Why most Architects use Virtual Reality Software

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A survey proves that Virtual Reality has arrived at the architectural office: More than half of respondents use or experiment with the technology to visualize projects.

In the entertainment sector, virtual reality is still hard. Things are different in the industry. Here, VR technology has been used for many years in the development and visualization of products.

With devices like HTC Vive and Oculus Rift, the technology has not only been improved, but also more accessible and affordable than previous VR systems, allowing architects to use virtual reality more to visualize their designs. Additionally, architects make use of virtual reality software like IrisVR, Rivex or Shapespark, so VR is not only affordable and accessible, but also independent.

Virtual Reality is part of daily grind

IrisVR

The survey was conducted with more than 5,700 architects and architectural firms from more than seventy countries, ranging from freelance professionals to smaller architectural office workers to thousands of employees worldwide. One of the focal points of the survey is the technology used, including cloud computing and virtual reality.

The result is clear: 28 percent of respondents already use Virtual Reality for projects, while another 28 percent experiment with the technology. Other twelve percent want to use the technology in 2019. Thus, it is 68 percent – more than two-thirds – of the survey participants who want to use Virtual Reality in the New Year.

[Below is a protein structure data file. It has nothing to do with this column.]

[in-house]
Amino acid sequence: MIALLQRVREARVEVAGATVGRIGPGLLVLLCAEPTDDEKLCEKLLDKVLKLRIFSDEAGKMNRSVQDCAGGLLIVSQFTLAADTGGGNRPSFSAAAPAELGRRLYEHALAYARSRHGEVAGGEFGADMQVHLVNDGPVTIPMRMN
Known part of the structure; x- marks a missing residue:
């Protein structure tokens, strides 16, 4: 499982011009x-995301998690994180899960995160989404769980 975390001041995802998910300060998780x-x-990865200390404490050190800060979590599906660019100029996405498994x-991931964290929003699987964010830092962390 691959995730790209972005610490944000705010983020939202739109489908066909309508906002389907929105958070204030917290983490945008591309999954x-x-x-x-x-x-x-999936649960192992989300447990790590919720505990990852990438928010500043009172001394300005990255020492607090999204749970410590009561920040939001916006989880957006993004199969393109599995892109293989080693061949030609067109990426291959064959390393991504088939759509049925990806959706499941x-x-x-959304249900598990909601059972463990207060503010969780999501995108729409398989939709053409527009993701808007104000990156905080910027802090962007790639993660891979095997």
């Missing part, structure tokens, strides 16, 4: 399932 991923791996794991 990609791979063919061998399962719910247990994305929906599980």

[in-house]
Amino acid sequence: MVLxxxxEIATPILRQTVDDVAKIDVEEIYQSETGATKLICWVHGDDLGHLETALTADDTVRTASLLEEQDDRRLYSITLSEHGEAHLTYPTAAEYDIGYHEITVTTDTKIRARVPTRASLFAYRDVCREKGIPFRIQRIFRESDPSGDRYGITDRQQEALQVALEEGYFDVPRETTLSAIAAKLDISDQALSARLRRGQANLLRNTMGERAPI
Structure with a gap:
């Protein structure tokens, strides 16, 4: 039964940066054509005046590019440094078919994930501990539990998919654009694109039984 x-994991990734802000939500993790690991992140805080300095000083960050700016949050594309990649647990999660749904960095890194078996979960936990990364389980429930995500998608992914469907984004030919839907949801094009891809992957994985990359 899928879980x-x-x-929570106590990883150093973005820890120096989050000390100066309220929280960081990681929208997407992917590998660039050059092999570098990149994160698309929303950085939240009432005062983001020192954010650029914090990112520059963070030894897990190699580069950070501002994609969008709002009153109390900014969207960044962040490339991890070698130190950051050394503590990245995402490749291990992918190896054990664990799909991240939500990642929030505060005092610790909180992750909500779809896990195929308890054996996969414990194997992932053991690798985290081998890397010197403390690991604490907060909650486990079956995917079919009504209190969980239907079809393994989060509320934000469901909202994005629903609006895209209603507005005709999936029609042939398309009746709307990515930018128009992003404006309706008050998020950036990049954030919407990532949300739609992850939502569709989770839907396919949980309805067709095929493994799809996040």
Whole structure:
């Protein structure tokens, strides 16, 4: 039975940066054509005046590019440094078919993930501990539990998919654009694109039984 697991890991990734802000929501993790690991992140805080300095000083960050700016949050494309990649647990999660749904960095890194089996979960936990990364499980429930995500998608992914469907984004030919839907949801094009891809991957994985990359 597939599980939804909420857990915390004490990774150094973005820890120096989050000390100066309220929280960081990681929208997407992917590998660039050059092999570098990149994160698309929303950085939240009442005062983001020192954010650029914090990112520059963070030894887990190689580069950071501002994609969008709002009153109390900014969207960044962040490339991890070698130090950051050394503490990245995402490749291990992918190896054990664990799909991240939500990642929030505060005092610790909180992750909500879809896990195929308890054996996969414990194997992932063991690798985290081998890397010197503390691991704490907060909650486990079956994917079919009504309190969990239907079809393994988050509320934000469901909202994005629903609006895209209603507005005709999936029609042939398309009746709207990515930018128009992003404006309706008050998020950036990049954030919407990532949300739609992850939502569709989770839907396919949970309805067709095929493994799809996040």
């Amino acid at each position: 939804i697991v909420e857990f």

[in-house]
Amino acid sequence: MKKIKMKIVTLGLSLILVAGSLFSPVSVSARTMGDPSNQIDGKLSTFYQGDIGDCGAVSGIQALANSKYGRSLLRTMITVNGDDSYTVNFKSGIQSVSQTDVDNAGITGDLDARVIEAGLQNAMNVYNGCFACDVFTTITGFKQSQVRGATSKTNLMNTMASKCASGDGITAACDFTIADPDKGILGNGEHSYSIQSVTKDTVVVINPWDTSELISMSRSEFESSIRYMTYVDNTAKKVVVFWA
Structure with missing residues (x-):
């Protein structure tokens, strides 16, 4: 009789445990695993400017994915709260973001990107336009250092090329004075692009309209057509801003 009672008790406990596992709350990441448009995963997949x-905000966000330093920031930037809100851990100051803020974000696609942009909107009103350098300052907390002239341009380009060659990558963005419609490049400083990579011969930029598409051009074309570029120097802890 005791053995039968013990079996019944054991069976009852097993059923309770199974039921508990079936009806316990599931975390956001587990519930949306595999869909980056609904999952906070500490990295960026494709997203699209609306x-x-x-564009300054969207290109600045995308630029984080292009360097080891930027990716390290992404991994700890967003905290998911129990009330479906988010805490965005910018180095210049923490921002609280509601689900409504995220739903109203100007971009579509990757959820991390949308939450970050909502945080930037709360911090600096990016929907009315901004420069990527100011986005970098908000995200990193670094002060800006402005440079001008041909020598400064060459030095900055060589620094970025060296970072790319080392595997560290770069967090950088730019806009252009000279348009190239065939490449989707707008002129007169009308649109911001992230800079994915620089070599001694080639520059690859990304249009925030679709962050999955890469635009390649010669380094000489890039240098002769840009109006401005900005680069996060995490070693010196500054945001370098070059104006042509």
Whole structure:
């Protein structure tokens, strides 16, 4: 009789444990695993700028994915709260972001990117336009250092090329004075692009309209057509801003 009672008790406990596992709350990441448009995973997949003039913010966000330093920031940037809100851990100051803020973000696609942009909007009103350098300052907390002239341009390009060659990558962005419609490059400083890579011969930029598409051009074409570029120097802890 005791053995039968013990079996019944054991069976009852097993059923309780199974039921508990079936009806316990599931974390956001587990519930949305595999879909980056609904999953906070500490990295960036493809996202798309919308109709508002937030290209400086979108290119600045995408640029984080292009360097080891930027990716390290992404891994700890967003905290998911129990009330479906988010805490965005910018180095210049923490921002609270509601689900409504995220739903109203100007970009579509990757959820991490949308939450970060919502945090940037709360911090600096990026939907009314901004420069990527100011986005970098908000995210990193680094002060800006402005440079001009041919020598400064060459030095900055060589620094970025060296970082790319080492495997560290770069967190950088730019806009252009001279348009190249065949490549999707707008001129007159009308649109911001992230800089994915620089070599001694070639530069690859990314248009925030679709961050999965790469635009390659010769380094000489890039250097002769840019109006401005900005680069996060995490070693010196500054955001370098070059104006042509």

Greater acquisition in larger companies

Shapespark with Sketchup


Another poll suggests that VR visualization is gradually becoming a part of work practice: 80 percent of respondents who already use Virtual Reality have used it for more than one project, 30 percent on more than five projects.
Large architecture firms with more than one hundred employees are making greater use of technology than smaller ones: 62 percent of these large companies are using virtual reality, 21 percent are still experimenting with it, and 5 percent are planning to use it for 2018. The majority of the offices that already use Virtual Reality, use it in more than five projects. Virtual Reality software like Rivex seems to work very well for those purposes. The requirements for the solid working VR software is user-friendly usability, fast importing and of course realistic looking graphics.
The survey was conducted by Chaos Group, a Bulgarian company developing rendering technologies for 3D programs. These are used for special effects in feature films and series as well as in design and architecture.

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About Author

IT and video games are Bryan's topics of interest since a very early age. Video games, the Internet, game consoles and computers became his normal toys, as a result, writing about the infancy of the Web, Virtual Reality/Augmented Reality/Mixed Reality, the games industry and hardware in general. Writing, along with his other interests: programming, hardware, photography, and traveling. Technology, in general, makes him tick.

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